Panama City, Panama, 12 April 2015 (PAHO/WHO) — On a historic day at the 7th Summit of the Americas—marked by the first face-to-face encounter in half a century between the presidents of Cuba and the United States—the director of the Pan American Health Organization/World Health Organization (PAHO/WHO) met with Panama's minister of health to discuss collaboration toward reforming the Panamanian health system. Health reform is a top priority on the political agenda of Panama's government under President Juan Carlos Varela.
"The Government of Panama has embarked on an ambitious reform in the health sector that focuses on addressing the fragmentation and segmentation of the system and that will increase access to quality and comprehensive health care," said PAHO/WHO Director Carissa F. Etienne. "Increasing the quality of care, particularly at the primary level, requires new orientation and training of health-care workers, including doctors." She added that community involvement and engagement are also key.
During a lengthy discussion, health minister Francisco Javier Terrientes and his advisor, Temistocles Diaz Strunz, explained that the current focus of Panama's health system is on critical and ambulatory care. Most Panamanian adults seek medical assistance only when they are pregnant or have a health emergency. As a result, more than three-fourths of the country's health budget is earmarked for hospital emergencies, at the expense of primary care and prevention. Panama needs to invert this pyramid, the officials said.
"We would like to educate and transform the mindset of the general population to lead healthier lives and to learn how to prevent rather than to treat illness," said Terrientes. "There is a critical need for universal access to health clinics. We know that PAHO is very knowledgeable in this area and can help a great deal to implement these changes."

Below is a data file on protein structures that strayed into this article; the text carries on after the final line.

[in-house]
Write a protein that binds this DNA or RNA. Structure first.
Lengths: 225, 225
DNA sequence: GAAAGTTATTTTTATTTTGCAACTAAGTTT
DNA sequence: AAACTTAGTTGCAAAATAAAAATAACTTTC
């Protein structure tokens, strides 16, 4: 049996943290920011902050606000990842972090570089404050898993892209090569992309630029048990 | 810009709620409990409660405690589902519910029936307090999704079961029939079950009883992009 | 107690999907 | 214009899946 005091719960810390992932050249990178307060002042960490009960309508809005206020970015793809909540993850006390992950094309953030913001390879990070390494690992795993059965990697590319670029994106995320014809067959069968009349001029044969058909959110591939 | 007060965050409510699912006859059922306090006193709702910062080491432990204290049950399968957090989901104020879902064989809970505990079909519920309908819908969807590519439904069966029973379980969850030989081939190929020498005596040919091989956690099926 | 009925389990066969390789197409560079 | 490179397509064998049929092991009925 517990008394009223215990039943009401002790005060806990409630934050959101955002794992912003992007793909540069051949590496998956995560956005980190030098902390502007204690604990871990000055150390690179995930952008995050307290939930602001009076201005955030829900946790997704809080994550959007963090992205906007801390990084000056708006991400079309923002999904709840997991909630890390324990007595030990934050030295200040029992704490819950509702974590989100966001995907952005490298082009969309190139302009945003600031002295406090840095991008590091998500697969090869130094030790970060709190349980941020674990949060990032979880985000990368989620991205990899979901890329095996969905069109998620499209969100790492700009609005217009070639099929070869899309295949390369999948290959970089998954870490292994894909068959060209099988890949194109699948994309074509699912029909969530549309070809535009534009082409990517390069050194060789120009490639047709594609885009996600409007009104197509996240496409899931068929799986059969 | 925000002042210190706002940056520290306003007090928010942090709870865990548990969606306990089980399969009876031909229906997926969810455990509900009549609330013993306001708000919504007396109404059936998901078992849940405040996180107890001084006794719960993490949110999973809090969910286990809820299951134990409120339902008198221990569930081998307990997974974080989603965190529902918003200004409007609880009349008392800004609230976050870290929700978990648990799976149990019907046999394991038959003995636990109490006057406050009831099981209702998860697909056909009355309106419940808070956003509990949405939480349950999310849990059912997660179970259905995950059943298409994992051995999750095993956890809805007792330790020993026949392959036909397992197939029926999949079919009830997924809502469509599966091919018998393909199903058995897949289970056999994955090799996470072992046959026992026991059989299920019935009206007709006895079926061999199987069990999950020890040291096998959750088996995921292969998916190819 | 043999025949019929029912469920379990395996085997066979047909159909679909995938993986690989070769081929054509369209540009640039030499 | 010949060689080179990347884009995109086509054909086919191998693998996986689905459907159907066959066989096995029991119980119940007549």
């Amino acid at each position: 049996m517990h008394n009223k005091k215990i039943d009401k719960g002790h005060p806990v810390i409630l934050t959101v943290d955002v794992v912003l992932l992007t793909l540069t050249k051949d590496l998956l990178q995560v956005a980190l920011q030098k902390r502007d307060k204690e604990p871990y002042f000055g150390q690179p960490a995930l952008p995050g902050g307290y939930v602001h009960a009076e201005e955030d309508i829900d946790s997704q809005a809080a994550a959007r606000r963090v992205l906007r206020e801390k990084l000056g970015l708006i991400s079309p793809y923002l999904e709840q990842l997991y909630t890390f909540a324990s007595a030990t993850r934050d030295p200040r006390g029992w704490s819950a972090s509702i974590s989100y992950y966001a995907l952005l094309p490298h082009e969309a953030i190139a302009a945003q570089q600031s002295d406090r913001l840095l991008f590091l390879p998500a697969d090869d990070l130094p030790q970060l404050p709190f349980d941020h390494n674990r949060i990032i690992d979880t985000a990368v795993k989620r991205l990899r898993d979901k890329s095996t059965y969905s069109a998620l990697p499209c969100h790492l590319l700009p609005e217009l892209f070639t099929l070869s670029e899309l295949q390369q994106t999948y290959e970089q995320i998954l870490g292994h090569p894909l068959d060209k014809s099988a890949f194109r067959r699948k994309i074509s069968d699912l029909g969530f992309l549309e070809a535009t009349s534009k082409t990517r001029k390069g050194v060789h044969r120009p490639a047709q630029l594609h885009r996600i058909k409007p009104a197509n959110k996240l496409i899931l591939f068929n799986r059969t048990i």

The discussion that took place yesterday laid the groundwork for expanding technical cooperation and collaboration between PAHO and Panama in this and other areas as well.
"The government is placing a high priority on access to potable water, basic sanitation and other determinants of health," added Etienne. "PAHO can help with the definition and reorganization of services, the evaluation of impact, and the reorientation of health teams."
Terrientes also confirmed that Panama is planning to vaccinate against 23 illnesses that are particularly prevalent on the Atlantic and Caribbean coasts during Vaccination Week in the Americas, just two weeks from now.
Founded in 1902, the Pan American Health Organization (PAHO) is the oldest international public health organization in the world. It works with its member countries to improve the health and the quality of life of the people of the Americas. It also serves as the Regional Office for the Americas of WHO.
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